Quick release Skewers

Quick release skewers are a great invention to make it easy to change your wheel. These are some of the lightest and best performing skewers .

Not the most glamorous part of a bike, but, if you become fanatical about losing weight on a bike (like me) it’s fun to look at every possible way of reducing weight. Most bikes I just use the standard ordinary skewers, but for my racing and hill climb bike I use some very lightweight spin sticks. For time trials, the ideal would be to not use quick release at all. The standard nuts and bolt provide better aerodynamics. But, for general cycling convenience, quick release skewers are a great development.

Use Spin Sticks

use spin stix

USE spin sticks

If you feel inclined you could spend £40 on some USE spin Sticks, they weigh 55 grams a pair.  (I’ve checked manufacturers claim with weighing scales and they are accurate) Made out of Titanium they are reasonable strong, although some people have mentioned that they are less robust than traditional skewers. However, I have had no problem using on my road bike. I only use in races. In particular, they help to build up my light hill climb  bike. (can’t use with turbo trainer) They are very easy to use and tighten.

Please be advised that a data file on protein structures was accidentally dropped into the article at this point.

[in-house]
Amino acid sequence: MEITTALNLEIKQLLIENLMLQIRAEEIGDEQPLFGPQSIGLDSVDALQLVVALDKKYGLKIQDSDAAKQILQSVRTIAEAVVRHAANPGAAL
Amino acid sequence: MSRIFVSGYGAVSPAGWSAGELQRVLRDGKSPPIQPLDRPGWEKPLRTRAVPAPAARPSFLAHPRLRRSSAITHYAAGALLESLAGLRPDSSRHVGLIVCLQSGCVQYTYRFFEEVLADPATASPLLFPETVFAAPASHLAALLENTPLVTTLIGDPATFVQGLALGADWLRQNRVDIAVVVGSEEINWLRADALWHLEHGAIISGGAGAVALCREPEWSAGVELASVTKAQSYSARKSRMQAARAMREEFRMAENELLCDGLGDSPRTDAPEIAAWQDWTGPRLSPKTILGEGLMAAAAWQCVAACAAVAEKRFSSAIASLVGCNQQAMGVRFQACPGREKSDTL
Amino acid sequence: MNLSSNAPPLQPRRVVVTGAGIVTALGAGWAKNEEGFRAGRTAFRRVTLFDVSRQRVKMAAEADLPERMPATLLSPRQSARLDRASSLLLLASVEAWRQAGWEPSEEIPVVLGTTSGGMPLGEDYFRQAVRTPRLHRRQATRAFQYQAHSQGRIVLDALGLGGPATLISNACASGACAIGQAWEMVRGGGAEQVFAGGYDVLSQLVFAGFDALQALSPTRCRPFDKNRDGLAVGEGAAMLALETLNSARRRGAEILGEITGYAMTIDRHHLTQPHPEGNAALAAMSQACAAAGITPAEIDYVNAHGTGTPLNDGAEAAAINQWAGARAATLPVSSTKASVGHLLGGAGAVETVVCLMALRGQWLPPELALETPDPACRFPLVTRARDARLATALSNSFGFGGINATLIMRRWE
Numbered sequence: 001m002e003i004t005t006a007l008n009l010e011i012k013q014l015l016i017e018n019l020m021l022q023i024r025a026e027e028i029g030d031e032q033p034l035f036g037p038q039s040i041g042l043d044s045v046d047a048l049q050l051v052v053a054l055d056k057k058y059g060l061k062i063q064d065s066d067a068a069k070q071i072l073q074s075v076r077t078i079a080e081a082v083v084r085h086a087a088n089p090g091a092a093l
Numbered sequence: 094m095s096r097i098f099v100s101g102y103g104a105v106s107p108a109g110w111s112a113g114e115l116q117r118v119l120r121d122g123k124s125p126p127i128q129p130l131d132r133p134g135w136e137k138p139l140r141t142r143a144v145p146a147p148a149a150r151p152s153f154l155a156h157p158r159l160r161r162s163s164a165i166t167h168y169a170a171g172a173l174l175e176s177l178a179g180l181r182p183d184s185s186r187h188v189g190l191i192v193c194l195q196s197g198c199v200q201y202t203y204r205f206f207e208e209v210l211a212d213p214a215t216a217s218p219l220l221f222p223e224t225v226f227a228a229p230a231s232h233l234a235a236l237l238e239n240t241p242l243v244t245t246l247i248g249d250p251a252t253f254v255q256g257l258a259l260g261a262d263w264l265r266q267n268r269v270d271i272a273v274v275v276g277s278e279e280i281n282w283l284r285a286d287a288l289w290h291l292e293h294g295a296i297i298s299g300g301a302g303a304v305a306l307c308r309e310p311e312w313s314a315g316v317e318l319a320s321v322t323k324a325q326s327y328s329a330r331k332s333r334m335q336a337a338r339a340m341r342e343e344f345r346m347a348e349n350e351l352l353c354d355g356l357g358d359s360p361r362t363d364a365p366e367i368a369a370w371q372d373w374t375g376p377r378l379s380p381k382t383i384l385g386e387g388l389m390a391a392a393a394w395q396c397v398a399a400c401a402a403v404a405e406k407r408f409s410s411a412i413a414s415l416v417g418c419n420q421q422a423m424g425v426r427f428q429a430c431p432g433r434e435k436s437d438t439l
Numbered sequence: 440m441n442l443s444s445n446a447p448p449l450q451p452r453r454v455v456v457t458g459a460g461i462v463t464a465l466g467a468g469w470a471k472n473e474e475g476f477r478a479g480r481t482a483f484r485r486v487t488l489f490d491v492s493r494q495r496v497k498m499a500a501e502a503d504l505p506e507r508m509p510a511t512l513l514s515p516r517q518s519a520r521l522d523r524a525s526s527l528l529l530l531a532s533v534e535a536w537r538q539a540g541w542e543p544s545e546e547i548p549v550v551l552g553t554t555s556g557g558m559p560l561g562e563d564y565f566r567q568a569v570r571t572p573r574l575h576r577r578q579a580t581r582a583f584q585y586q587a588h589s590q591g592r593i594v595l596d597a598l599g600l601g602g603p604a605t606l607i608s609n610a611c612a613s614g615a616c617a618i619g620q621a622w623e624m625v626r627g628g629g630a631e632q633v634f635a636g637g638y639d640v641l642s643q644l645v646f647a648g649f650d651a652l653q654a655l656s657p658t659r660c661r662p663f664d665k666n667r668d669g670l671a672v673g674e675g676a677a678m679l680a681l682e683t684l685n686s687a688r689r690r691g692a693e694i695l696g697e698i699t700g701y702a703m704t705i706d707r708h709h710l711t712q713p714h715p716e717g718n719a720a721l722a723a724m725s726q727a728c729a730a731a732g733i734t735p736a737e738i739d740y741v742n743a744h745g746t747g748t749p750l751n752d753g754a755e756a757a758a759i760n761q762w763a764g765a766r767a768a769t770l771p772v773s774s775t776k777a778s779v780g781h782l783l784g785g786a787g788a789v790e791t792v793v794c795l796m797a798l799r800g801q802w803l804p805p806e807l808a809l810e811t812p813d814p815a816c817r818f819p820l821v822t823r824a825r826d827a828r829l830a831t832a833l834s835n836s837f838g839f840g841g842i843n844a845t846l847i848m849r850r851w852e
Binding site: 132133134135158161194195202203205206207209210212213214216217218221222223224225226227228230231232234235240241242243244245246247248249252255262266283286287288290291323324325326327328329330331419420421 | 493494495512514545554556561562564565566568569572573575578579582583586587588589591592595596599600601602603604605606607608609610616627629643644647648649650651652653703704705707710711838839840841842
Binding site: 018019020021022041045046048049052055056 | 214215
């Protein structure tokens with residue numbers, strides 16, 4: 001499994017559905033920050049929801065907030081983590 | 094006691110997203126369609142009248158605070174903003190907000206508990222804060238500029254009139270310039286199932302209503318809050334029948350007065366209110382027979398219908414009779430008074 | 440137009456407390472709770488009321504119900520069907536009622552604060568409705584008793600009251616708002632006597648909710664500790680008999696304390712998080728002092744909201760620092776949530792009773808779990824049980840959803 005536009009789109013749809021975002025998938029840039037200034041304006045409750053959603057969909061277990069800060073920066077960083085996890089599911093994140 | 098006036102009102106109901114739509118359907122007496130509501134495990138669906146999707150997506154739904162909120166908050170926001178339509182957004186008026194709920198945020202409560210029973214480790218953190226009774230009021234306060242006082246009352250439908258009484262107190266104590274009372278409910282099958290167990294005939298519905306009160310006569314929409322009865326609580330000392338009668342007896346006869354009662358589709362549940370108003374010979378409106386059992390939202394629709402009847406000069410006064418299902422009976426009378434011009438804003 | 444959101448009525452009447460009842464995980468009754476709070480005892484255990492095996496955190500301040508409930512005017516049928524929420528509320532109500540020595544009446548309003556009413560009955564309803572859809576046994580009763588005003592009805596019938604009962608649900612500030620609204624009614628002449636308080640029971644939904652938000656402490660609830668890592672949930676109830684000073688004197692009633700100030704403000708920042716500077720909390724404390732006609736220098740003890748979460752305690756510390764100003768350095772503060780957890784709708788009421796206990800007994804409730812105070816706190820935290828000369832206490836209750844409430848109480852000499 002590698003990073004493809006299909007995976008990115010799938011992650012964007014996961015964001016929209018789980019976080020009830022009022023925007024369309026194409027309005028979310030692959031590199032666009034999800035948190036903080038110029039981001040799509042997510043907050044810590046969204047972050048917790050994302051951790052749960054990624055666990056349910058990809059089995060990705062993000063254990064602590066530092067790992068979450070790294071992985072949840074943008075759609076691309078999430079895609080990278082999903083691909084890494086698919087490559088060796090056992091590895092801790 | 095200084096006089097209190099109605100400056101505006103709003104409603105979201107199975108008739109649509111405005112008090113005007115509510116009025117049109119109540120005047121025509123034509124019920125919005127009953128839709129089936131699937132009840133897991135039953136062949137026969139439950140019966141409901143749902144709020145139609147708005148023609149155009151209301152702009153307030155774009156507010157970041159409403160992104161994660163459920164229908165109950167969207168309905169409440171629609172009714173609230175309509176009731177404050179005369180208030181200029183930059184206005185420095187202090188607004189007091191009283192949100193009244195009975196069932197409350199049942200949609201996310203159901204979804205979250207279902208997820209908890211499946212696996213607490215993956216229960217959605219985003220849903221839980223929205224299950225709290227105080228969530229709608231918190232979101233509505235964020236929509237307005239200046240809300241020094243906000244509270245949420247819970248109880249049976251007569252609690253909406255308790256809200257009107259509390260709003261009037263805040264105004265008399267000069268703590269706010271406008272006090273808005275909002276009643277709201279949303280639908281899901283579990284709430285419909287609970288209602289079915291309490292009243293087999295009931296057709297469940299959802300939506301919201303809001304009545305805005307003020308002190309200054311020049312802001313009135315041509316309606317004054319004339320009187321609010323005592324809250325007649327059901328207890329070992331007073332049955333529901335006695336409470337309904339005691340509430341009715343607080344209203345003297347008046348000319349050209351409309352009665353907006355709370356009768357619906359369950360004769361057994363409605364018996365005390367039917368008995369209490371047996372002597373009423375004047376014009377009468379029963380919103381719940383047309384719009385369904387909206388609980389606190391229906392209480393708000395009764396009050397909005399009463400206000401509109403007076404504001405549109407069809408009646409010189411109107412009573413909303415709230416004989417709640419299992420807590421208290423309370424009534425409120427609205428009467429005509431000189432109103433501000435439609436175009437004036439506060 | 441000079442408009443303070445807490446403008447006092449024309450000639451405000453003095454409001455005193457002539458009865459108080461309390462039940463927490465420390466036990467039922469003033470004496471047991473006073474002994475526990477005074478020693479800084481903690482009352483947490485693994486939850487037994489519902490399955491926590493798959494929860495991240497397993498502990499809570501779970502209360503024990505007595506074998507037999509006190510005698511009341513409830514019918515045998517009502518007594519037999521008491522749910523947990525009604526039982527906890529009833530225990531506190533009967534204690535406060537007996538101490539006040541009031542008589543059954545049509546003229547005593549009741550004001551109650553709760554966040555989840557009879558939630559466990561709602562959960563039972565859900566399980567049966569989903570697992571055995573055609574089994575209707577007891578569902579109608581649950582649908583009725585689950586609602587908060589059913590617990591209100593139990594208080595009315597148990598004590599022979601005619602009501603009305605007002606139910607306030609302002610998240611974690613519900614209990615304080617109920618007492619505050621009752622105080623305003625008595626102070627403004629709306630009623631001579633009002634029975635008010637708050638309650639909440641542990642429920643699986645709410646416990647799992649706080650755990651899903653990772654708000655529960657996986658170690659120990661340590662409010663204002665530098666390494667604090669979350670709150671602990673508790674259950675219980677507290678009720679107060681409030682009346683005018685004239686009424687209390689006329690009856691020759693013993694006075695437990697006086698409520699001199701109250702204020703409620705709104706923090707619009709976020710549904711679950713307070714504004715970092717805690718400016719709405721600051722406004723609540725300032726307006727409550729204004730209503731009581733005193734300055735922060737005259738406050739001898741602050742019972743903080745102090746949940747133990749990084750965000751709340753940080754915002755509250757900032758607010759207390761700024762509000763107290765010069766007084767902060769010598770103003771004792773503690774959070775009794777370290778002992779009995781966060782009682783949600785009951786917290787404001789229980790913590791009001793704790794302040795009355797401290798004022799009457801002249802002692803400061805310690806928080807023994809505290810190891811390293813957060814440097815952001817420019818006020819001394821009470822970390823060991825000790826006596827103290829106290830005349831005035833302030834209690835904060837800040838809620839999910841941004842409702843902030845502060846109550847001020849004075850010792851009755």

Zipp Titanium Quick Release

at 85 grams these quick release skewers are 30grams heavier than the spin sticks, but they offer greater robustness and are more suited to general riding. They are the same price at £40 – Zipp titanium QR

Hope Steel Quick Release

A more standard steel quick release skewer will weigh double at around 110g a pair. These hope skewers cost £12.99. So for £27 you can save yourself 55g. I guess it depends how much you value weight savings. Of course, if you really want to save 55grams, it may be easier just to eat a few less mince pies.

Aerodynamic Skewers for Time Trials.

For a time trial, the weight saving of a quick release skewer is pretty minimal an insignificant. You are probably better off by not using quick release skewers but use standard small bolts. These create less aerodynamic drag than the bigger quick release skewer. In most time trials if you get a puncture, you might as well spend a bit longer putting a new wheel on (unless you have a following car of course)


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